Setting is like an iceberg

So what exactly is setting as it relates to historical fiction? I’ll attempt to answer that, but I know that my answer will be incomplete. In addition, many of the items listed below also fit into the category of world building – I’m having trouble separating the two! We’ll explore world building later.

A few years ago, I wrote Time Travel – The Work of Historical Fiction where I listed all sorts of details I needed to explore to develop a novel set in 1870s Paris. Since then, other authors have written guest posts that have helped expand the notion of setting and I’ve done more digging on the topic. In this post, I’ve organized the components of setting into broad categories to make it more useful.

The Social Domain

  • social customs, arrangements and attitudes
  • norms and attitudes
  • expectations of the time and of different stations in life
  • what people valued
  • beliefs (cultural, religious, political, scientific, philosophic)
  • manners and mannerisms
  • morality and changing mores
  • class divisions; upward mobility
  • marriage
  • constraints of the time period
  • folklore and myth

Everyday Life – these vary with social class

  • types of clothing worn and fashion of the day; clothes people wear can actually change the way they behave; where people get their clothing
  • the popular books people were reading
  • the type of soap used, toiletries
  • shopping experience
  • jokes they told
  • what was considered an insult
  • fears
  • food and cooking, recipes, who does what
  • furniture and decor
  • housing and architecture, building materials, sources of heat and light
  • entertainment and diversions; popular music, pastimes and hobbies; where people go to meet friends, who else might frequent the places they visit
  • sounds, smells, tastes, touches; physical sensations, scent, touch, sounds
  • everyday life, everyday struggles; What did a typical day look like? Who did what? What was acceptable in society then, and what wasn’t?
  • family environment and household matters; family dynamic; family responsibilities and obligations
  • the cost of goods and the types of goods available
  • material culture
  • sex and attitudes about sex
  • news sources
  • education and class; literacy
  • medical practices of the day and medicines; psychological know-how; diseases; life spans; causes of death (and its customs)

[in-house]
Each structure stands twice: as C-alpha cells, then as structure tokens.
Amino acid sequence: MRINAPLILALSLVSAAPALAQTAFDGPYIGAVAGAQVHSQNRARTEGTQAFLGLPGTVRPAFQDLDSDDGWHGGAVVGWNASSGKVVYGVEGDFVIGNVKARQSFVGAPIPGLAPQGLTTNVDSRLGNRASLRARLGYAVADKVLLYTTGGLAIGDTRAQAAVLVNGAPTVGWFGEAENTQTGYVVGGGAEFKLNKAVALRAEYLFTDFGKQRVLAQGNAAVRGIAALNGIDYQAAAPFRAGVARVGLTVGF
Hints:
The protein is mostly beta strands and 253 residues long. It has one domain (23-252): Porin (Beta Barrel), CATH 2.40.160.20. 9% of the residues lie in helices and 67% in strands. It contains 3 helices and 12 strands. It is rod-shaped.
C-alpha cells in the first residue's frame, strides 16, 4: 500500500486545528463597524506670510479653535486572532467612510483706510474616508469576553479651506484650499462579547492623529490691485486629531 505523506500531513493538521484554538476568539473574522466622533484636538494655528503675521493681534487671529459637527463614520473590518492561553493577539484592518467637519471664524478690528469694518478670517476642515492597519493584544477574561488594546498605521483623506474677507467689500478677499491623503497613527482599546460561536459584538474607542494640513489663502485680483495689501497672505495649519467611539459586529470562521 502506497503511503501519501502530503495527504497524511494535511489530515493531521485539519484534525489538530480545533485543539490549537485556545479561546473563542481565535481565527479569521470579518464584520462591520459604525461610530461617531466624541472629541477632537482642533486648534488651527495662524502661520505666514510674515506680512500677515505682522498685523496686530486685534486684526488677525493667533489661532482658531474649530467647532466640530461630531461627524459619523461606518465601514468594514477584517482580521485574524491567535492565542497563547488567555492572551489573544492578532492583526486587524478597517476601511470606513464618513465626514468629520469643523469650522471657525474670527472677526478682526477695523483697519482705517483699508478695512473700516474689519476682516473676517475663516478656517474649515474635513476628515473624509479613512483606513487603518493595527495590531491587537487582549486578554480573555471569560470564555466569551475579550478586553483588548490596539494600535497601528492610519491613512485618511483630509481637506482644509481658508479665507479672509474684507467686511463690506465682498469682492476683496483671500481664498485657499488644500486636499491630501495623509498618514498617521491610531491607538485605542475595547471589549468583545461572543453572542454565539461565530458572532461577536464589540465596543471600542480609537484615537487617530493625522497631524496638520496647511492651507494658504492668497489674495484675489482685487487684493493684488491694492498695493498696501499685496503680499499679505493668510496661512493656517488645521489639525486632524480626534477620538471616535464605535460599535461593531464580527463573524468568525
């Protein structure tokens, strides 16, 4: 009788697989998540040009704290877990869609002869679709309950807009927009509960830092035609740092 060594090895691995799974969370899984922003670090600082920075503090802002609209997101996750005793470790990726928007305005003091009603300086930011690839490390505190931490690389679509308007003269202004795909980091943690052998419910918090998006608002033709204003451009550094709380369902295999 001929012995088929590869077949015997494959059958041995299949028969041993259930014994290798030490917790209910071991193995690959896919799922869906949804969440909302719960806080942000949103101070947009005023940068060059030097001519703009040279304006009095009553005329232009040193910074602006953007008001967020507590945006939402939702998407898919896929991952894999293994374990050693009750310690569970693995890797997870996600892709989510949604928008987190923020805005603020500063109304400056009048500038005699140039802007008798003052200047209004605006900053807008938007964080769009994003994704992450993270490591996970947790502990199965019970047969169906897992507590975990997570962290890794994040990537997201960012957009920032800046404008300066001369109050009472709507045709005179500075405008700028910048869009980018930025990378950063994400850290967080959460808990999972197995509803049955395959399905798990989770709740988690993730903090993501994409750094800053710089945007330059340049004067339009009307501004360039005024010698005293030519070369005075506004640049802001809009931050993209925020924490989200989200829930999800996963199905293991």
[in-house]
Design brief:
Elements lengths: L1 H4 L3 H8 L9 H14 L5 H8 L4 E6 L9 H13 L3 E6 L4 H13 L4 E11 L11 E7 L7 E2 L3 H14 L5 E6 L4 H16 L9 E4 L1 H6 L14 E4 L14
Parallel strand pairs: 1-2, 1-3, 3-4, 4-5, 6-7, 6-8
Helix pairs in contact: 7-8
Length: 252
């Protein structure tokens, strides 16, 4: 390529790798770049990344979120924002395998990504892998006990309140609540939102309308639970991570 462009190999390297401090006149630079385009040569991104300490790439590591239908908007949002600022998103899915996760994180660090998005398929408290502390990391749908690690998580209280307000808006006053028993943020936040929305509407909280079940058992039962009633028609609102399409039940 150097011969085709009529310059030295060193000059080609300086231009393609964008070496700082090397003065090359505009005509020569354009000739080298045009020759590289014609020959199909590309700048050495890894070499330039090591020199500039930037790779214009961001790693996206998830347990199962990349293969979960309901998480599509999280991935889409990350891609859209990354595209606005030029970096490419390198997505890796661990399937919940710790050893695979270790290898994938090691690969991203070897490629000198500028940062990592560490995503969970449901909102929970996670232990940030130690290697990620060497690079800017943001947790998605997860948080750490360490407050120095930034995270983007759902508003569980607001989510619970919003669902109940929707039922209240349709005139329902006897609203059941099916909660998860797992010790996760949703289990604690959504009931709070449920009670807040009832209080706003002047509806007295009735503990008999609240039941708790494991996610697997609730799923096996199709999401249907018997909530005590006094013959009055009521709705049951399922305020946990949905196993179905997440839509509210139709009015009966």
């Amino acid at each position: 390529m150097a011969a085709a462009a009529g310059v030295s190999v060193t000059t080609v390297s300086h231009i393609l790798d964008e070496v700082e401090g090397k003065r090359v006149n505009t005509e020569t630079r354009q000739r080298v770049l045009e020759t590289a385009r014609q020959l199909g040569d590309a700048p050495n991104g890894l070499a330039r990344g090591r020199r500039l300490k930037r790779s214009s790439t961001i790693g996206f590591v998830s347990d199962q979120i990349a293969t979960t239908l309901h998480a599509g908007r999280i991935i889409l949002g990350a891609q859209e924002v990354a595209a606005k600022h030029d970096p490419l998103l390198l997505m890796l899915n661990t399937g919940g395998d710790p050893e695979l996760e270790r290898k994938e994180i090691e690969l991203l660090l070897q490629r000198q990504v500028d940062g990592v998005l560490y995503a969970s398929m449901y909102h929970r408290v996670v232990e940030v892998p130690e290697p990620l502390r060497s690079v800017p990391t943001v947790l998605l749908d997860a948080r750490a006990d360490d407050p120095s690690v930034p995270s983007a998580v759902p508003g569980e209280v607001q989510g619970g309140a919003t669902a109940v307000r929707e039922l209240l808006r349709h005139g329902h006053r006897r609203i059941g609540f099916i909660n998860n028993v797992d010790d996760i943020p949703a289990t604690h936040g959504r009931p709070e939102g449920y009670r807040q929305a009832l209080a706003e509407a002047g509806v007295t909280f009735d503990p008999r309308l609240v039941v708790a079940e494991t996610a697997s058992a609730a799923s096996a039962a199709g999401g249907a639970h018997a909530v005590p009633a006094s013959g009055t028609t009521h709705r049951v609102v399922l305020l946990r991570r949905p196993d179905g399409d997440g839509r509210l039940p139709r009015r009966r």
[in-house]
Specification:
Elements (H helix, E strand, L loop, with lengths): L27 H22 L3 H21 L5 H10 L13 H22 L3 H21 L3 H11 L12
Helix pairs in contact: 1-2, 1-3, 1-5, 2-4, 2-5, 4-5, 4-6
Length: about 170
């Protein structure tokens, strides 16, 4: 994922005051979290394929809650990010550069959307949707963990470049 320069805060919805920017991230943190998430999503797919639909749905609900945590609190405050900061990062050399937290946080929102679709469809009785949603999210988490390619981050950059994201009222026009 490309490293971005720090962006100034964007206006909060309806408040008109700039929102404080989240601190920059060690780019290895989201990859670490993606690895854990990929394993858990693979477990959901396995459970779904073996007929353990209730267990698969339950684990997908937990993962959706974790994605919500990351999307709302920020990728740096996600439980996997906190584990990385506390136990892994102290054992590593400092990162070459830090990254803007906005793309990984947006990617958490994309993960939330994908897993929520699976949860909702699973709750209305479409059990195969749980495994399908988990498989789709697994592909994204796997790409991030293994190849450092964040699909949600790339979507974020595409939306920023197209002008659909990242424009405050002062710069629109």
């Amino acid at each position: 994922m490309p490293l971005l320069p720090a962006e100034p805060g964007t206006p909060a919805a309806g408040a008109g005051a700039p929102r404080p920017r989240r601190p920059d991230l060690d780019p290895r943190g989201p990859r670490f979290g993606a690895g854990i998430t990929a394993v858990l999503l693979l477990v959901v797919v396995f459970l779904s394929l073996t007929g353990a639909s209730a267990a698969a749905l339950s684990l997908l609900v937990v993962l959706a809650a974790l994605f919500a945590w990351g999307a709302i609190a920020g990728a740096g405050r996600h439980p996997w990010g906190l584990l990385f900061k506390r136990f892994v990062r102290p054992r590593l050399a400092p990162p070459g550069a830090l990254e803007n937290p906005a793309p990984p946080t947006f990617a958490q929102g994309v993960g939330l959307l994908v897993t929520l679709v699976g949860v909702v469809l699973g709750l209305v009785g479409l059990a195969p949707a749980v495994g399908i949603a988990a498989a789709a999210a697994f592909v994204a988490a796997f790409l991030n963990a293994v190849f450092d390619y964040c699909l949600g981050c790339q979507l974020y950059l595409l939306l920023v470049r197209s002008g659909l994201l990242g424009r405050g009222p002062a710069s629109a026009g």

• transportation, conveyances and travel

Work life

  • the trades
  • typical occupations and professions
  • high, middle- and lower-class work
  • existing and emerging technologies
  • international trade

Politics, Religion, Government, major institutions

  • the political situation, political motivations,
  • governments and government institutions
  • important figures of the day, prominent people; if your historical characters are real people, you must know where they were and when and what occurred at these points in time
  • international alliances
  • military organization and role within society
  • educational institutions and norms
  • legal system, laws and regulations; the way the law worked (and who was oppressed and privileged by it and how)
  • rights of women
  • religious structures and religious norms
  • medical institutions (if any)

events and timelines – historical timelines and major events affecting your story

  • military actions and wars (recent and impending)
  • revolutions and uprisings
  • news of the day, important news stories
  • what those who were considered subversive were doing
  • the (sometimes massive) changes that were going on during the time; who was affected by change; how did they react?
  • scandals of the day
  • broad issues of the era
  • unusual weather events (famines, natural disasters)

Relevant landscape and geography

  • landscape and physical geography
  • flora and fauna
  • layouts of towns and cities
  • neighbourhoods and who lives where
  • weather and weather patterns
  • place names

So many elements to explore and understand! And you still have to write your story and ensure that the story isn’t burdened by all this detail. Who said writing is easy??

Let me leave you with an image based on the title of today’s post.


I welcome your input and feedback. Earlier posts on setting:


M.K. Tod writes historical fiction. Her latest novel, TIME AND REGRET was published by Lake Union. Mary’s other novels, LIES TOLD IN SILENCE and UNRAVELLED are available from Amazon, NookKoboGoogle Play and iTunes. She can be contacted on Facebook, Twitter and Goodreads or on her website


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6 Responses

  1. Oh, how valuable, both the lists and the iceberg metaphor. Thank you so much. I am struggling with all these things–the small everyday detail and the wide background of events of the time–for a book set in 1900 Chicago and New Orleans. The minor details defy research!

  2. Unfortunately, I have read far too many historical novels where the below the iceberg elements were so far beneath the story as to be utterly invisible. Thus there were no details “in the story” that had the slightest degree of verisimilitude to the era in which it was supposed to be set.

    I can see a different metaphor, perhaps, where those iceberg elements, instead of being invisible, and the visible foundation of the story.

    I get it that often writers can’t resist stuffing all their research into the plot, where it clogs the plot, overwhelms the characters, and so forth. But to focus on the everyday details is impossible without rigorous background research.

    There’s the Golden Mean somewhere in the mix, but it takes practice and due diligence to find it, I think.

    You did that, Mary, with Time and Regret.

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